Monitoring Sunflower Fields for Sunflower Moth Back »

Figure 1. Sunflower moth adult. Courtesy: P. Sloderbeck, Bugwood.org


Written collaboratively by Adam Varenhorst, Patrick Wagner, Amanda Bachmann, and Ruth Beck.

Sunflower Moths

One of the insects that needs to be scouted for after the inflorescences begin to open (R4) through head maturity is the sunflower moth. Sunflower heads are most susceptible to damage caused by sunflower moth caterpillars from the onset of anthesis (R5.1) to when the petals begin drying (R6). Adult sunflower moths are attracted to sunflowers during the early stages of blooming and will deposit eggs near the base of florets. Each female sunflower moth has the potential to lay as many as 400 eggs. In other states where this insect is a pest, populations of the caterpillars can range from 15-200 per head. In South Dakota, we generally will observe 1-5 sunflower moth caterpillars per head. However, the potential for larger populations to occur is possible, which is why scouting for the sunflower moth is important for South Dakota sunflower producers.

Identification

The adult sunflower moths are relatively small, measuring approximately 3/8” in length with a wingspan of approximately ¾”. The moths are tan or light gray in color, and have their wings tucked tightly to their bodies when at rest (Figure 1). The caterpillars of the sunflower moth have very distinctive coloration. They have a bright orange head with a black body and white stripes that run the length of their bodies (Figure 2). The caterpillars range in size but reach approximately ¾” during their final developmental stage.


Figure 2. Sunflower moth caterpillar. Credit: A. Varenhorst
 

Behavior

Sunflower moths do not overwinter in South Dakota, and migrate each year from southern states. They arrive in South Dakota when sunflower begin flowering. The moths can be observed on sunflower heads during early flowering stages. During the first two instars, sunflower moth caterpillars will feed on pollen, but transition to feeding on the seed during their later developmental stages. The caterpillars will feed directly on the seed, and will also tunnel into the sunflower head tissue. This tunneling can lead to secondary infections of Rhizopus head rot, which are the main source of yield loss associated with this pest. A single caterpillar may feed on 3-12 seeds within a head. Additionally, sunflower moth caterpillars spin silken threads that will bind dying florets and other materials to the head, which give the head a trashy appearance (Figure 3).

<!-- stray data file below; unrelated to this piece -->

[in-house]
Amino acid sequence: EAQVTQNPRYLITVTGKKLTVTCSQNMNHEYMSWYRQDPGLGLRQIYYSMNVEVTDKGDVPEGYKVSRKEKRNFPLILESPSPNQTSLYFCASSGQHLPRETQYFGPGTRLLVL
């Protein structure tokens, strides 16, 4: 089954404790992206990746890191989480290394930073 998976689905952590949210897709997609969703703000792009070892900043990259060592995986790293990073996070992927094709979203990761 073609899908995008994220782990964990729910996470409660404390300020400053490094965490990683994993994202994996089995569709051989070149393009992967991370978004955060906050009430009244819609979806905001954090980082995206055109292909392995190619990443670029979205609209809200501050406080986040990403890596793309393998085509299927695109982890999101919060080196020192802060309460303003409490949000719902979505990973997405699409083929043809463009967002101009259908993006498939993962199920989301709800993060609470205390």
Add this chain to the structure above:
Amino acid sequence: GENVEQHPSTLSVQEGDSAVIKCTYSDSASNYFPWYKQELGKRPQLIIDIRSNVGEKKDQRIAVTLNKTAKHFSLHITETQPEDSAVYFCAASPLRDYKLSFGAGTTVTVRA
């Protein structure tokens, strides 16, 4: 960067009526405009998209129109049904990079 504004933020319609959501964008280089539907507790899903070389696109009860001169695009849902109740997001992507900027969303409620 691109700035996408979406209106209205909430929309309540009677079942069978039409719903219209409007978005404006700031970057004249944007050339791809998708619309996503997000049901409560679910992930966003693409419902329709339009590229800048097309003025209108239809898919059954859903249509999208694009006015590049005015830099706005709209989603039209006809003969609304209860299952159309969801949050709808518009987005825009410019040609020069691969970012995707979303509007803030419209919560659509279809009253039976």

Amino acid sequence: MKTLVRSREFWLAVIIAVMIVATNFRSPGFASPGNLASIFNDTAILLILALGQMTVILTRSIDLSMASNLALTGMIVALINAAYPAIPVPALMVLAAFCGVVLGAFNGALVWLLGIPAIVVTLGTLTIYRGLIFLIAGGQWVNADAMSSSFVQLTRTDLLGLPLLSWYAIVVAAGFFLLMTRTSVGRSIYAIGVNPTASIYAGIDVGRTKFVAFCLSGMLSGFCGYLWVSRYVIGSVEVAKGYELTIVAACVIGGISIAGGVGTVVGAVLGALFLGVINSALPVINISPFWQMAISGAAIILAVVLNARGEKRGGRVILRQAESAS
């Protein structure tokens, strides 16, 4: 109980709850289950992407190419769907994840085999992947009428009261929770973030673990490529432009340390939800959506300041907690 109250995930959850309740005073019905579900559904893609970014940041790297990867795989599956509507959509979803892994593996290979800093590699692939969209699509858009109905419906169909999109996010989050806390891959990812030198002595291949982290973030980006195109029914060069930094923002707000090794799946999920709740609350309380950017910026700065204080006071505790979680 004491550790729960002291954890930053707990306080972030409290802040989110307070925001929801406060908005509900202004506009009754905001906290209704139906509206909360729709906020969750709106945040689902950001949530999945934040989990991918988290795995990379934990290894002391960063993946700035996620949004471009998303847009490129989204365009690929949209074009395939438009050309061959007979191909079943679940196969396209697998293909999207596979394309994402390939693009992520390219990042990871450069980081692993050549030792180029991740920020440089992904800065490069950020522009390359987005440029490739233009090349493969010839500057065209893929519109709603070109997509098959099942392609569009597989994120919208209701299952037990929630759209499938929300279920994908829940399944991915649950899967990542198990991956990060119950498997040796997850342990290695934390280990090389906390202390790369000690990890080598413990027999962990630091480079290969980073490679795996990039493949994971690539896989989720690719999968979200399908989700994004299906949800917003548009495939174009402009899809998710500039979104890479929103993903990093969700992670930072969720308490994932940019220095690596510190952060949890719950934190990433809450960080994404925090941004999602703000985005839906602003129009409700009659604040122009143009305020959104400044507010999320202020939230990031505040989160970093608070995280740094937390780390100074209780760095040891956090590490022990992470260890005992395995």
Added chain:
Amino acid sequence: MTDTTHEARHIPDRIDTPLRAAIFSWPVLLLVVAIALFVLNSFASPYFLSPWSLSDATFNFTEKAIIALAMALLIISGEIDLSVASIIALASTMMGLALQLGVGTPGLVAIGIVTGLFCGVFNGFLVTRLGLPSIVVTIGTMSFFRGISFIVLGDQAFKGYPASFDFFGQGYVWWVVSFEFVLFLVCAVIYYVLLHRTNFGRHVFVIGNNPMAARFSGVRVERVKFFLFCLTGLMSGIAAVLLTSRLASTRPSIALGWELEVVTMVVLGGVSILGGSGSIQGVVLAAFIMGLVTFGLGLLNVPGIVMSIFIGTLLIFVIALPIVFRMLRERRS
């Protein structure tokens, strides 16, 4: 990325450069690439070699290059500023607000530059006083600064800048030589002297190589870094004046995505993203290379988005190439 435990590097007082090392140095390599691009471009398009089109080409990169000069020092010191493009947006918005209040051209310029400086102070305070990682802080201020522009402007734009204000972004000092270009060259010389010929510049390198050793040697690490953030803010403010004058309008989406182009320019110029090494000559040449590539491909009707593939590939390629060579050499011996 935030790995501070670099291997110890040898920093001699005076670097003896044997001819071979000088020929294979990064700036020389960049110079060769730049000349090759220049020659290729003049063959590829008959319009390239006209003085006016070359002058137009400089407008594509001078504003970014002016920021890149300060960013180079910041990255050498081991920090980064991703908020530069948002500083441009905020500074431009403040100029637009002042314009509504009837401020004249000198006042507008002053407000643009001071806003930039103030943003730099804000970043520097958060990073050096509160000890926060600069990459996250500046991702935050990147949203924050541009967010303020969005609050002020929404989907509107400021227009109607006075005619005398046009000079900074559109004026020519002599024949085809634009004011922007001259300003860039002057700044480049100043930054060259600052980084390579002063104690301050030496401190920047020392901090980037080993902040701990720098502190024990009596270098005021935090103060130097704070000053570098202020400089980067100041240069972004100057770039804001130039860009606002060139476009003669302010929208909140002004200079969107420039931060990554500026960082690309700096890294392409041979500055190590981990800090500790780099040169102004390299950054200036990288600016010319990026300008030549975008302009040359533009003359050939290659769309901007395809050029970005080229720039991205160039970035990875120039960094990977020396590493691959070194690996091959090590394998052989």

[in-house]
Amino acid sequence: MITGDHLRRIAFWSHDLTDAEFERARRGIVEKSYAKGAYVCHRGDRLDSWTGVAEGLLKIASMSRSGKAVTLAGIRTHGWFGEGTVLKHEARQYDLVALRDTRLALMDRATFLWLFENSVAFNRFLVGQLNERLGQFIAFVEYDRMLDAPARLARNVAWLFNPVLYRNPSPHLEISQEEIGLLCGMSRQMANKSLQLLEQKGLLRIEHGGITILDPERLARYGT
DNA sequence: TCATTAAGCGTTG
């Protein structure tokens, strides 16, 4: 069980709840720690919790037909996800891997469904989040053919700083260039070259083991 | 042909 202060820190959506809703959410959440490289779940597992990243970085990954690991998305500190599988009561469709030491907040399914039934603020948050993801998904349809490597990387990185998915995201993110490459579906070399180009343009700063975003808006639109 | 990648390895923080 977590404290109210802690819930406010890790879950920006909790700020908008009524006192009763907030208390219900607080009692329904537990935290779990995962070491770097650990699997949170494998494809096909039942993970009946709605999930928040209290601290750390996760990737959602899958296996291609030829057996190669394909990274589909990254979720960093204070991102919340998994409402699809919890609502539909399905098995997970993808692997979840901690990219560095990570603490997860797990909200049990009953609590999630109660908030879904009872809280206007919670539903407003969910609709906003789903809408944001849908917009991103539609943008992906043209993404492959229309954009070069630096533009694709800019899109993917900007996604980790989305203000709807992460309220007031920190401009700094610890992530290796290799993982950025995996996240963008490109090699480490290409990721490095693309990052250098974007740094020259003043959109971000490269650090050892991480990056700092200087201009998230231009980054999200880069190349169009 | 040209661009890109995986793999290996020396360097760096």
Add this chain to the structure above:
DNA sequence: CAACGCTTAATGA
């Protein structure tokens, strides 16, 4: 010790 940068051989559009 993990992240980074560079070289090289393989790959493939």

Figure 3. Silken webbing that is spun by the sunflower moth caterpillar. Notice the accumulated debris in the webbing. Credit: A. Varenhorst
 

Scouting

Scouting for the sunflower moth should begin at the R4 growth stage. The best way to scout for sunflower moths is to use a flashlight and examine fields 1 hour after sunset, which is when moth activity peaks. Count the number of moths on the heads of 20 sunflowers from five random locations throughout the field. The threshold for sunflower moth is 1-2 moths per five sunflower heads.

Management

When applying insecticides for management of insect pests on sunflower heads be sure to orient the application so that maximum coverage reaches the head. Remember to be aware of pollinators that are also present around the heads. Apply insecticides when pollinators are less active or not present on the heads. If hives are placed near the field, notify the associated beekeeper to prevent hive losses. Apiary locations can be found through the SDDA Sensitive Sites Registry.

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